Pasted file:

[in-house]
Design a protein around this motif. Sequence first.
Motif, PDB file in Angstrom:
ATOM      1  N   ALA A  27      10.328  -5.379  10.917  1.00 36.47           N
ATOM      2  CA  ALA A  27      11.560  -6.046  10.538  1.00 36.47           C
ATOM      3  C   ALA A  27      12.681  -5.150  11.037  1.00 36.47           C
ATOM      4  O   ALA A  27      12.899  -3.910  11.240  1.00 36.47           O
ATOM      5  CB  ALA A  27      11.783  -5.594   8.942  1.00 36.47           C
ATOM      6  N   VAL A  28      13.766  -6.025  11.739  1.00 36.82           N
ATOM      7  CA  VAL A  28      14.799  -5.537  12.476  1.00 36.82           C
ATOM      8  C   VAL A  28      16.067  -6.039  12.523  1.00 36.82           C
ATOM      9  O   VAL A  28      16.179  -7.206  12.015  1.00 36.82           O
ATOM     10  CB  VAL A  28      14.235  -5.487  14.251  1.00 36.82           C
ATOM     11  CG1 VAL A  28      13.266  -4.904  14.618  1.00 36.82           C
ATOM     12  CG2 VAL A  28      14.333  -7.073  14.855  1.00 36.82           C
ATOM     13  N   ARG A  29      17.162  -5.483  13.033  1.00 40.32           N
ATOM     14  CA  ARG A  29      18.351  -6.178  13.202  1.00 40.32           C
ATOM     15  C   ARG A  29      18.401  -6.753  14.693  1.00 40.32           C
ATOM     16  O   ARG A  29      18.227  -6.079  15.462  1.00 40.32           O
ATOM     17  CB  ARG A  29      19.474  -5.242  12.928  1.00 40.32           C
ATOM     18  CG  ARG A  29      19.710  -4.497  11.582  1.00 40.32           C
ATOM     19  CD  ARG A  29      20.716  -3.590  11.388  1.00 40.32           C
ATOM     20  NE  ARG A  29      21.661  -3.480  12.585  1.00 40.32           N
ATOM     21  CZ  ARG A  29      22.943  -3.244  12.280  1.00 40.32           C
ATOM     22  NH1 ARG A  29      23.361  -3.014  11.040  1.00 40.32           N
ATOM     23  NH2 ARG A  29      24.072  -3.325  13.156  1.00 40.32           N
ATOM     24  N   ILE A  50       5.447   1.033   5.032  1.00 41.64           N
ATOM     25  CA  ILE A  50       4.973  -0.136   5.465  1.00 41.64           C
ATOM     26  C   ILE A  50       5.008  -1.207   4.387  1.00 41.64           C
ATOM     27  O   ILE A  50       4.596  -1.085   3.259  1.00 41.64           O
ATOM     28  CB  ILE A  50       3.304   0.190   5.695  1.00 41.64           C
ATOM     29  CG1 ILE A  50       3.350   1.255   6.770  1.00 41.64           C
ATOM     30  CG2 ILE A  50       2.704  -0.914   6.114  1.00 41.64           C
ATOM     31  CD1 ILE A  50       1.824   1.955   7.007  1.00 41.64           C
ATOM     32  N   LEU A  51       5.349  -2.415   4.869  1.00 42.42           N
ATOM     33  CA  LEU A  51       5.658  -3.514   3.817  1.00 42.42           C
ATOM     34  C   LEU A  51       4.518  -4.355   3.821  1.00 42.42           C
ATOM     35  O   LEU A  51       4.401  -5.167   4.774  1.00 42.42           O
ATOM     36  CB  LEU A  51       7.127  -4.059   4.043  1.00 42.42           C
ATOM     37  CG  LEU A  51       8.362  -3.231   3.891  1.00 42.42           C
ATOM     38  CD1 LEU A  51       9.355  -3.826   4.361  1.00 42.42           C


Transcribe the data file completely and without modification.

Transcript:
[in-house]
Design a protein around this motif. Sequence first.
Motif, PDB file in Angstrom:
ATOM      1  N   ALA A  27      10.328  -5.379  10.917  1.00 36.47           N
ATOM      2  CA  ALA A  27      11.560  -6.046  10.538  1.00 36.47           C
ATOM      3  C   ALA A  27      12.681  -5.150  11.037  1.00 36.47           C
ATOM      4  O   ALA A  27      12.899  -3.910  11.240  1.00 36.47           O
ATOM      5  CB  ALA A  27      11.783  -5.594   8.942  1.00 36.47           C
ATOM      6  N   VAL A  28      13.766  -6.025  11.739  1.00 36.82           N
ATOM      7  CA  VAL A  28      14.799  -5.537  12.476  1.00 36.82           C
ATOM      8  C   VAL A  28      16.067  -6.039  12.523  1.00 36.82           C
ATOM      9  O   VAL A  28      16.179  -7.206  12.015  1.00 36.82           O
ATOM     10  CB  VAL A  28      14.235  -5.487  14.251  1.00 36.82           C
ATOM     11  CG1 VAL A  28      13.266  -4.904  14.618  1.00 36.82           C
ATOM     12  CG2 VAL A  28      14.333  -7.073  14.855  1.00 36.82           C
ATOM     13  N   ARG A  29      17.162  -5.483  13.033  1.00 40.32           N
ATOM     14  CA  ARG A  29      18.351  -6.178  13.202  1.00 40.32           C
ATOM     15  C   ARG A  29      18.401  -6.753  14.693  1.00 40.32           C
ATOM     16  O   ARG A  29      18.227  -6.079  15.462  1.00 40.32           O
ATOM     17  CB  ARG A  29      19.474  -5.242  12.928  1.00 40.32           C
ATOM     18  CG  ARG A  29      19.710  -4.497  11.582  1.00 40.32           C
ATOM     19  CD  ARG A  29      20.716  -3.590  11.388  1.00 40.32           C
ATOM     20  NE  ARG A  29      21.661  -3.480  12.585  1.00 40.32           N
ATOM     21  CZ  ARG A  29      22.943  -3.244  12.280  1.00 40.32           C
ATOM     22  NH1 ARG A  29      23.361  -3.014  11.040  1.00 40.32           N
ATOM     23  NH2 ARG A  29      24.072  -3.325  13.156  1.00 40.32           N
ATOM     24  N   ILE A  50       5.447   1.033   5.032  1.00 41.64           N
ATOM     25  CA  ILE A  50       4.973  -0.136   5.465  1.00 41.64           C
ATOM     26  C   ILE A  50       5.008  -1.207   4.387  1.00 41.64           C
ATOM     27  O   ILE A  50       4.596  -1.085   3.259  1.00 41.64           O
ATOM     28  CB  ILE A  50       3.304   0.190   5.695  1.00 41.64           C
ATOM     29  CG1 ILE A  50       3.350   1.255   6.770  1.00 41.64           C
ATOM     30  CG2 ILE A  50       2.704  -0.914   6.114  1.00 41.64           C
ATOM     31  CD1 ILE A  50       1.824   1.955   7.007  1.00 41.64           C
ATOM     32  N   LEU A  51       5.349  -2.415   4.869  1.00 42.42           N
ATOM     33  CA  LEU A  51       5.658  -3.514   3.817  1.00 42.42           C
ATOM     34  C   LEU A  51       4.518  -4.355   3.821  1.00 42.42           C
ATOM     35  O   LEU A  51       4.401  -5.167   4.774  1.00 42.42           O
ATOM     36  CB  LEU A  51       7.127  -4.059   4.043  1.00 42.42           C
ATOM     37  CG  LEU A  51       8.362  -3.231   3.891  1.00 42.42           C
ATOM     38  CD1 LEU A  51       9.355  -3.826   4.361  1.00 42.42           C